Around one quarter of all homes in the United States are not connected to a sanitary sewer system. These homeowners have to maintain their own on-site sewage processing system, which includes their septic tank. Most people do this by using a proven and time tested septic tank maintenance best practice: pumping it out every three to five years.
Most states have concluded that the addition of organic or biological septic tank additives that are supposed to lengthen the time between the pumping of septic tank sludge, in fact, do nothing but waste your hard earned money. Worse, they may hasten the failure of your septic tank system that can lead to repairs or replacement costing $15,000 or more.
Some states have banned the use of additives. In states that have not banned additives, individual local governments may have stepped up to the plate and done so. This is not government interference; it is intervention for the protection of the naïve homeowner.
There is not a single scientific study that has shown that septic tank additives do any good at all. University studies do link both chemical and biological septic tank additives to premature failure of septic tanks. Sometimes the damage is not readily visible but dangerous chemicals escape containment from septic tanks and contaminate ground water. These pollutants eventually make their way back to the fresh water supply. Those who use a septic tank and have a well for fresh water must be especially vigilant that they do not contaminate their own drinking water.
Many hardware stores push septic tank additives. Television advertisements for these products are bountiful and even septic tank maintenance companies try to sell them to property owners to make additional money. They know, however, the stuff does not work.
Funds for educating the public about the worthlessness of these products as well as the damage they do cause are scant. Furthermore, no government can compete with the industry of septic tank cleaning products. Many of these products are made by large companies that have the money to mount aggressive marketing campaigns. One thing is certain, though, and that is the primary benefactor of the purchase of a septic tank additive is the maker of the additive.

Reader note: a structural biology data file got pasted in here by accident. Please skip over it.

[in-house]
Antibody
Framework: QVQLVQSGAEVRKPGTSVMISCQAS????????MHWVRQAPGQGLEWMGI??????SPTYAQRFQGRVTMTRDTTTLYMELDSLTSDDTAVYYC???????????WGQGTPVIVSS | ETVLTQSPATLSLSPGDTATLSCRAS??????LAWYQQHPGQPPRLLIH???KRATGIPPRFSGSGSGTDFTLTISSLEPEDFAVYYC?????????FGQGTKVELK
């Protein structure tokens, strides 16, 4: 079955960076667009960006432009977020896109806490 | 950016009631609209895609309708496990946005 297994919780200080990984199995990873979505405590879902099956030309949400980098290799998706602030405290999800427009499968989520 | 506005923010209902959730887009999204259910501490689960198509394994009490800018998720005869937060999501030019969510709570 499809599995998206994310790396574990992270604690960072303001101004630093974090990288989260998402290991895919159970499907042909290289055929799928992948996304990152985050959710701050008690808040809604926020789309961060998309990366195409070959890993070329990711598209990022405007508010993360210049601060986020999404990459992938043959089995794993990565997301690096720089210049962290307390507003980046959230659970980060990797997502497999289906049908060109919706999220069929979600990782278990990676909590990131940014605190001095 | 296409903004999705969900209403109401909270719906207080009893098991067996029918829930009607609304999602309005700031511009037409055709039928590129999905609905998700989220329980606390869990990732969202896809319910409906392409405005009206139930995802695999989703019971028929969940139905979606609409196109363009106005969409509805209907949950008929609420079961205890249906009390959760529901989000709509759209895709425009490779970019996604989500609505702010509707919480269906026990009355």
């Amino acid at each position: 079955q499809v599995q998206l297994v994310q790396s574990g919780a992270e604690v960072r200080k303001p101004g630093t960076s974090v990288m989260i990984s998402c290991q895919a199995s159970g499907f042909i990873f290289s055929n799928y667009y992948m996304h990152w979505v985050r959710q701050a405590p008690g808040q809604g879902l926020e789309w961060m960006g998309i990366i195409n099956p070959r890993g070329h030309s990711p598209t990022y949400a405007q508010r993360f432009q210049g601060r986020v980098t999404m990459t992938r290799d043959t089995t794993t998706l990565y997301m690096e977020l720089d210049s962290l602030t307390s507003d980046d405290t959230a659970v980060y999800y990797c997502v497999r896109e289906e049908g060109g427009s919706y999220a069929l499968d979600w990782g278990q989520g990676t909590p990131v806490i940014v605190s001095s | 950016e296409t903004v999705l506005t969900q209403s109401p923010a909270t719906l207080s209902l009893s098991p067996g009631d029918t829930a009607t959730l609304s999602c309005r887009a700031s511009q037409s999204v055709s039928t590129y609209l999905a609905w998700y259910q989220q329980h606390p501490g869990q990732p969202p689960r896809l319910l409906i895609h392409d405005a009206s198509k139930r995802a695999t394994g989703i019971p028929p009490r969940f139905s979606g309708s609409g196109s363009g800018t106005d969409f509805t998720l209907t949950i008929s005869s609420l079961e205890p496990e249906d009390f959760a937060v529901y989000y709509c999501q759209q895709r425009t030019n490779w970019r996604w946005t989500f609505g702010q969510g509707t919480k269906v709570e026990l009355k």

The next time anyone attempts to sell you an organic, inorganic or biological septic tank treatment, ask if they can counter the United States Environmental Protection Agency (http://www.epa.gov/nrmrl/pubs/625r00008/html/fs1.htm) stance that all three of these kinds of additives are, at best, useless and, for the most part, dangerous. Or perhaps they would want to answer why the Florida Department of Health (http://www.myfloridaeh.com/ostds/brochure/brocoper.htm) says:
Various products are on the market which are said to start, accelerate or improve the action in the septic tank. Since all necessary bacteria are already present in the sewage entering the system, such products are not recommended.
Also, the Kitsap County Health District in Washington State says the following concerning septic tank additives:
The Kitsap County Health District (http://www.kitsapcountyhealth.com/environmenta_health/onsite/oss_basics.htm) and most engineers/sanitation professionals believe that commercial septic
system additives are not effective (even potentially harmful) to an onsite sewage system.
The reasons for this include:
• No known additives can reduce solids sufficiently to make pumping unnecessary.
• Household wastewater contains an abundant supply of microorganisms that provide for the
proper functioning of your system.
• Some additives cause problems with the drainfield.
Unlike additives, there are measures you can take to make your septic system more efficient and resolve many septic system problems. A controlled aeration of your septic tank is one of these measures. It has been studied by two universities that agreed that septic aeration can be very beneficial for a septic system.